Comparison of the better known (associations) with the lesser known (Christ group) helps to “discipline” our imaginations as to a range of possibilities (and by implication, what was unlikely). For example, if, as is the case, the mean size of cultic associations was only about thirty persons, how much larger could we realistically suppose that Christ groups were in Corinth, Thessaloniki, Philippi, or Rome? As Edward Adams has shown from literary, papyrological, and archaeological sources, cultic groups met in a variety of venues, including domestic space, warehouses, cemeteries, workshops (tabernae), restaurants (deipneteria), purpose-built clubhouses, and the open air. If that is the case, why do scholars often insist that Christ followers met only in houses? One of the interesting findings of the study of pagan associations is that while many of them attracted patrons who supplied funds, patrons weren’t especially generous. It is extremely rare to find a group whose patron was prepared to fund more than one communal meal yearly, and often they didn’t fund the banquet itself, but only supplied money to be distributed in small amounts of 1–2 denarii (called sportulae) to association members at one of their banquets. Hence, unless Christ groups were successful in attracting patrons who were much more generous than the norm, it would be impossible to imagine that the monthly or weekly meals of Christ followers could have been supported solely through patronage. Other sources of income would have been essential. In many respects—meal practices, governance, funerals, demography—Christ groups can be located easily within a spectrum of associative practices.
One of the benefits of close comparison is that it also helps to identify the really different or unusual aspects of Christ groups. Both Greek cities and small private associations collected funds in support of projects from time to time. These are called epidoseis (sing. epidosis). Invariably, the money raised through public subscription (everyone contributing small amounts) was used for local purposes—rebuilding a temple or synagogue, buying land for a cemetery, repairing the walls of a city, buying land for a meeting place. Paul also engaged in an epidosis (which NT scholars call “the collection”), but it was a collection not for the Macedonian or Corinthian Christ followers, but for the Christ group in Jerusalem. This is unusual, more so because it was a matter of Greeks collecting money to support Judaeans. Given the xenophobia of the ancient world, and especially in the wake of the Jew-Gentile conflicts in Antioch, Caesarea, and Alexandria a decade earlier, a collection by Greeks for Jews is really striking.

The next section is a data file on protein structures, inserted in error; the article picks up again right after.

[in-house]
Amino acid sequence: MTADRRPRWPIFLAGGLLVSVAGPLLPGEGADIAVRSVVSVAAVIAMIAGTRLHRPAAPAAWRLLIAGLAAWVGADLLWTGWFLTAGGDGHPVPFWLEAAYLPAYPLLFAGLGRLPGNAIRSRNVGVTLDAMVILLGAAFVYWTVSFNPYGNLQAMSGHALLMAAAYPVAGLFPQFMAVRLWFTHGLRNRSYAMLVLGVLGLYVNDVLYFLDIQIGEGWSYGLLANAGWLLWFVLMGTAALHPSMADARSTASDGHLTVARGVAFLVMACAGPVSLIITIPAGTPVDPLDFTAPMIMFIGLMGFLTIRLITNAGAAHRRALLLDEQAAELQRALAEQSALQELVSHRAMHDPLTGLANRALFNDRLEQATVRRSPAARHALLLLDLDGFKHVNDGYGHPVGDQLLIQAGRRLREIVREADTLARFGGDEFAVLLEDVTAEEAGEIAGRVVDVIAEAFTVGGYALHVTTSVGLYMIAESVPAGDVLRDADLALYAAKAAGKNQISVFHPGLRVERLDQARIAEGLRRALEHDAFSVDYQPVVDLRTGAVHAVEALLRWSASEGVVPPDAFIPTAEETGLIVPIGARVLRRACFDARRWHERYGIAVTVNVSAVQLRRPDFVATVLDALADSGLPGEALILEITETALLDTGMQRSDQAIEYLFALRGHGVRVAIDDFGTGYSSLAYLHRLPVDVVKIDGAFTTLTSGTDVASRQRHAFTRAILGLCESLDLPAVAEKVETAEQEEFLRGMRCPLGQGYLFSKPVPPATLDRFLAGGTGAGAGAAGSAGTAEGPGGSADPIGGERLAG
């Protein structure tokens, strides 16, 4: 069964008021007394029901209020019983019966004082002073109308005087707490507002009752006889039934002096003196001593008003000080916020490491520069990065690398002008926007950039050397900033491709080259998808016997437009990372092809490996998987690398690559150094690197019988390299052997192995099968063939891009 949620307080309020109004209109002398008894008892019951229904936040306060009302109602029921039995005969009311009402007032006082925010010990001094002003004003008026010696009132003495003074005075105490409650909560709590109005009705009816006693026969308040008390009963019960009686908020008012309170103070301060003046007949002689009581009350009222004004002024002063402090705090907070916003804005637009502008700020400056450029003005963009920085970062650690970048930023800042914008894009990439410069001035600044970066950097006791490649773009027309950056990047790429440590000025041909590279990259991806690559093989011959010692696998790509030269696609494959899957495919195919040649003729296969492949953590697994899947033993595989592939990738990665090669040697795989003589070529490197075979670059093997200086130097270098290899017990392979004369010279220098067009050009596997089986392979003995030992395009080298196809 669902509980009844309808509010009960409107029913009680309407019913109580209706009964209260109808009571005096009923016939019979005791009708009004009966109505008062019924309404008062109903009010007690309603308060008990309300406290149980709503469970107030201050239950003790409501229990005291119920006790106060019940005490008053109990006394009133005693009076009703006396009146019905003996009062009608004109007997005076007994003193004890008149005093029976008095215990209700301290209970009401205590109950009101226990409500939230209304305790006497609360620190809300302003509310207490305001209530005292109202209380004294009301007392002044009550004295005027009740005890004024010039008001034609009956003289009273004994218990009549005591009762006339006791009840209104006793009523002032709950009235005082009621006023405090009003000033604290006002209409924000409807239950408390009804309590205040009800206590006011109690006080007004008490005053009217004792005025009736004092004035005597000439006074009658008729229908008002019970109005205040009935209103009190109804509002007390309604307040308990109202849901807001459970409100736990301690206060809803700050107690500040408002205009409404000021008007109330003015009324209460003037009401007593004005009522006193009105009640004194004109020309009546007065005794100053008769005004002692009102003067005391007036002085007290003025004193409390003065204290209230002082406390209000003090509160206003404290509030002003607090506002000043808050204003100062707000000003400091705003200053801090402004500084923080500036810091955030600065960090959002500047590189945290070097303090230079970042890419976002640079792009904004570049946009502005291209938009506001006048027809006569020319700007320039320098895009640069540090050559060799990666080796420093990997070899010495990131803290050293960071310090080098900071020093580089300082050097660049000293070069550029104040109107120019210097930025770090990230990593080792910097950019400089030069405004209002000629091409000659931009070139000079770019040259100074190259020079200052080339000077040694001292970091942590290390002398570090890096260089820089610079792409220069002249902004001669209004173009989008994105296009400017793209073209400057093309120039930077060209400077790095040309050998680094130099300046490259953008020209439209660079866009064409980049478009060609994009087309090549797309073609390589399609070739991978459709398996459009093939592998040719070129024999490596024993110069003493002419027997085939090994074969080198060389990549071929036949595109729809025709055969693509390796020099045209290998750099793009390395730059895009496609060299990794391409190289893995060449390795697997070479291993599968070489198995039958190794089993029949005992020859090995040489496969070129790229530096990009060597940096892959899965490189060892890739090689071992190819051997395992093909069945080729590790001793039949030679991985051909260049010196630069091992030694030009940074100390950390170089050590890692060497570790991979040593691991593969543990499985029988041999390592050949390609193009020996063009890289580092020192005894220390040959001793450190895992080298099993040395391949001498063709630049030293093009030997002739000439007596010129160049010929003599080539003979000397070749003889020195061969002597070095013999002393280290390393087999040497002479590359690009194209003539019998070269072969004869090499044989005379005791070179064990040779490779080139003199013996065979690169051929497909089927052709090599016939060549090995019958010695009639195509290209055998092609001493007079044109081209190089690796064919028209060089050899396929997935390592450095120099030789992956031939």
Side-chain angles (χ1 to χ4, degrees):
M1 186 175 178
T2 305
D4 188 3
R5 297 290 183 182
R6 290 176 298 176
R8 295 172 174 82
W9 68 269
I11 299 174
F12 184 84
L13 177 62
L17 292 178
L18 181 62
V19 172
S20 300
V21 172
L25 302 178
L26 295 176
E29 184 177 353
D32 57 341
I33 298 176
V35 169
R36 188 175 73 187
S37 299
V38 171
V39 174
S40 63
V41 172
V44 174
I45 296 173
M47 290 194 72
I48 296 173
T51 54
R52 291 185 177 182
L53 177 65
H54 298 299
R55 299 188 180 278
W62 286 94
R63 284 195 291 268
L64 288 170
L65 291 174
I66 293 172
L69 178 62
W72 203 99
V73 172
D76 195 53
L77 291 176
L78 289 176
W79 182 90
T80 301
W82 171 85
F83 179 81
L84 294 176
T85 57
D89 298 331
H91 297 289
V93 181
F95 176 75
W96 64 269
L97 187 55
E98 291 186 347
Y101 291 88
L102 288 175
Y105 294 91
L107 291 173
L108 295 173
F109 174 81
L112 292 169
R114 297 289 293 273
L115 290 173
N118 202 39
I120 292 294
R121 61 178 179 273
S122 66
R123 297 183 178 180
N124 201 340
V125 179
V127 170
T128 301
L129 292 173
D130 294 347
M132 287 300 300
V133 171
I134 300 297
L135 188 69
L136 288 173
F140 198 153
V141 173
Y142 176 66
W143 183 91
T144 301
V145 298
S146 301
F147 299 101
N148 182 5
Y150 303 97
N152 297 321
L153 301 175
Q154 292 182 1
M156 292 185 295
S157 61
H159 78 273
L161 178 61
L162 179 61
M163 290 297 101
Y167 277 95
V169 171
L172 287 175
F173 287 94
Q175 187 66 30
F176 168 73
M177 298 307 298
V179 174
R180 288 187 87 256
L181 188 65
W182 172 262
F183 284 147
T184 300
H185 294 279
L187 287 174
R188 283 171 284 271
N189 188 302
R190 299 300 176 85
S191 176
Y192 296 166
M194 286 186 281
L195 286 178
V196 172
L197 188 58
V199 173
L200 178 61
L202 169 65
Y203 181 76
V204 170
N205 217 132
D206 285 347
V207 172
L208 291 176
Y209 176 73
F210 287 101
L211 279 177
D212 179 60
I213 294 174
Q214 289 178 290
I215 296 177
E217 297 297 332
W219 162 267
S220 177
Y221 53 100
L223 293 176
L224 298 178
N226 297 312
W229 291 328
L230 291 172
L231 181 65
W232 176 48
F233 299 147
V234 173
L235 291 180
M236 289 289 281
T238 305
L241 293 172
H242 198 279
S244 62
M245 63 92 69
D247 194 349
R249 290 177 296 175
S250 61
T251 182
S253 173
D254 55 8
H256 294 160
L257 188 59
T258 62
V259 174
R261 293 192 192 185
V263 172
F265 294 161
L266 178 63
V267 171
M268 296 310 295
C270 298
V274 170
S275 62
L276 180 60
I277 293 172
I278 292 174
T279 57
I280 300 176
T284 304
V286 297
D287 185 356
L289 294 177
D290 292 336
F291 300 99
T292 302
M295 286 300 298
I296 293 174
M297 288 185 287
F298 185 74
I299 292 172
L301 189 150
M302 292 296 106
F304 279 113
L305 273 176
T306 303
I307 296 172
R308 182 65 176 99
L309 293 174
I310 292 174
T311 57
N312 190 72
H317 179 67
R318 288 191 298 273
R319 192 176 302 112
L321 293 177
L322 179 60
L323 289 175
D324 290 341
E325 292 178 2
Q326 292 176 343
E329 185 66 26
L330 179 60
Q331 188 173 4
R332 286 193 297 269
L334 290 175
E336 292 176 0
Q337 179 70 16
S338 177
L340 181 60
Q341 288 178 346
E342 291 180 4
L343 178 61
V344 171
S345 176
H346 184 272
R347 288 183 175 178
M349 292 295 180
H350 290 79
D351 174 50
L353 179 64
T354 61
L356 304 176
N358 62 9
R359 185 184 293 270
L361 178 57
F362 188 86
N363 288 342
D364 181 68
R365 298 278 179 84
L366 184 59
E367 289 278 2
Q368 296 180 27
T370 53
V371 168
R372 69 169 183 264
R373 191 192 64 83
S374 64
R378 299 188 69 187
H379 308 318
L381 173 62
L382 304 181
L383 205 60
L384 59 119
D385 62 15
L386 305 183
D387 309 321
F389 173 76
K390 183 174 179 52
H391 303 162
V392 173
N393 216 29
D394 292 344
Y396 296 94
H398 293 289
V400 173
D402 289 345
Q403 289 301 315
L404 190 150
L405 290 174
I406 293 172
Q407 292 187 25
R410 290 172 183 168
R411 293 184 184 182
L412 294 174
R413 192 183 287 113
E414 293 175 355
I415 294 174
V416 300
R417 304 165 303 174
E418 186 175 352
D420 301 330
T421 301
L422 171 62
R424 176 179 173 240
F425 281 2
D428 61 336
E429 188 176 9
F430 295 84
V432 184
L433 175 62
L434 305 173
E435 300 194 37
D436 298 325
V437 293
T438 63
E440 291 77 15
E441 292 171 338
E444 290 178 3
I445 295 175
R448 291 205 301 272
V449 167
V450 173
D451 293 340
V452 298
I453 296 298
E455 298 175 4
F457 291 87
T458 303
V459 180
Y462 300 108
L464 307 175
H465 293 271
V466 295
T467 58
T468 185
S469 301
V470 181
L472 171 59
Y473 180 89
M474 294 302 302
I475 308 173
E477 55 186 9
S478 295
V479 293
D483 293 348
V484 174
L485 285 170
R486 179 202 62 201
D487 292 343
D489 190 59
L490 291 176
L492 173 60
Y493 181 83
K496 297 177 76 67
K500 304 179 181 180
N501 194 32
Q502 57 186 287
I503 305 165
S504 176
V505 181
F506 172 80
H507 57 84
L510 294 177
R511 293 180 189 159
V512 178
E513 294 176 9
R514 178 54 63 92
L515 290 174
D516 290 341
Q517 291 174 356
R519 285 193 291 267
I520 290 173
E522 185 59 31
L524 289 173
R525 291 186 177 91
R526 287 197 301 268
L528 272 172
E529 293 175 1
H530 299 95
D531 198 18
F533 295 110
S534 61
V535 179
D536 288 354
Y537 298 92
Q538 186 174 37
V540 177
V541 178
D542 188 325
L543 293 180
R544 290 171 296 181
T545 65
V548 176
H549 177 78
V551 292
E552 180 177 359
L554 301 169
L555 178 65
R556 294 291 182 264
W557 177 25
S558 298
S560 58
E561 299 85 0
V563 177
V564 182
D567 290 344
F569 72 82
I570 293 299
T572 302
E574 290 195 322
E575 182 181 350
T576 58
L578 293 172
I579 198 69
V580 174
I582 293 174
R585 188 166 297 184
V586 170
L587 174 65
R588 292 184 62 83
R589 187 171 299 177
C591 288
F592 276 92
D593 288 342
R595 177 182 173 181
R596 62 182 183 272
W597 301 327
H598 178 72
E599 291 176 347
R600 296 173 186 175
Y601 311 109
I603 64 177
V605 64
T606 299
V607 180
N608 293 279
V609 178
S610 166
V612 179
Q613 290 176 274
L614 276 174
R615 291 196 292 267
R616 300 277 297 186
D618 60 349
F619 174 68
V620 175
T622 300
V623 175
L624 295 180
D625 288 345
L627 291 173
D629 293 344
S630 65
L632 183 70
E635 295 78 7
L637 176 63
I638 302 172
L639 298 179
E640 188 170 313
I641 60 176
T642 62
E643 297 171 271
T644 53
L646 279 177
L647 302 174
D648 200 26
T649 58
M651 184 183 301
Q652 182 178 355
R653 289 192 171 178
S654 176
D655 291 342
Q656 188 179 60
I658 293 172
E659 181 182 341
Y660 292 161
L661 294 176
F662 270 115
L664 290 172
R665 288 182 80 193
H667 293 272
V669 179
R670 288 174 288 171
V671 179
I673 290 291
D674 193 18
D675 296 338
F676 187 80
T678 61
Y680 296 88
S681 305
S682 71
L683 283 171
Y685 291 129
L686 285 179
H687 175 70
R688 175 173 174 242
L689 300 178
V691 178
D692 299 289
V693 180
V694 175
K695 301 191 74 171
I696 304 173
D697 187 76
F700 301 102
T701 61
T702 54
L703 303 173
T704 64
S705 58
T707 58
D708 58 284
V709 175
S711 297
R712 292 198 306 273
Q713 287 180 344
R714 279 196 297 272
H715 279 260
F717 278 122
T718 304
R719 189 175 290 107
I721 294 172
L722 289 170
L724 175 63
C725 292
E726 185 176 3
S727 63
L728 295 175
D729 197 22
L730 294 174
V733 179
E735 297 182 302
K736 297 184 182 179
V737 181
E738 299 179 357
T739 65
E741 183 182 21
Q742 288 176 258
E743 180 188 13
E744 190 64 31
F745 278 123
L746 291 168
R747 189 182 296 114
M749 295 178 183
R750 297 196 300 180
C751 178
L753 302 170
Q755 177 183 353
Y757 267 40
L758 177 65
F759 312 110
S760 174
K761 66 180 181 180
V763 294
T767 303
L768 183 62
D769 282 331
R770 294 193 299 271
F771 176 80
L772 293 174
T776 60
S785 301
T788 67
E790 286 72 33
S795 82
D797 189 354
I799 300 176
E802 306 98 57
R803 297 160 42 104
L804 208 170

A second feature seems to have distinguished Christ groups from other associations. They formed their sociality around scriptural practices—reading texts (first from the Hebrew Bible, later from their own writings), discussing those texts, and eventually producing their own. They became “textual communities”—a term coined by mediaeval historian Brian Stock. This distinguished Christ groups from other associations in the ancient world, for whom the performance of various rituals and communal eating were central, but not participation in “bookish” practices. Isis devotees and Mithraists formed their sociality around the performance of various rituals, processions, and mysteries, not about the reading of books. But for Christ followers, reading practices became essential to their sociality, and in rather short order Christians became not only readers of books, but producers of books—Larry Hurtado has observed that before Constantine, Christians penned more than 200 books.
The study of Christ groups in the context of other associations helps to display both the commonalities and the very interesting differences. It “normalizes” our imagination of early Christ groups. They weren’t completely different and incomparable. In most respects they looked like other small private associations. But certain features made them significantly different.
John S. Kloppenborg is university professor and chair of the Department for the Study of Religion at the University of Toronto. A specialist in Christian origins, he has written extensively on the Synoptic Sayings Gospel (Q) and the parables of Jesus.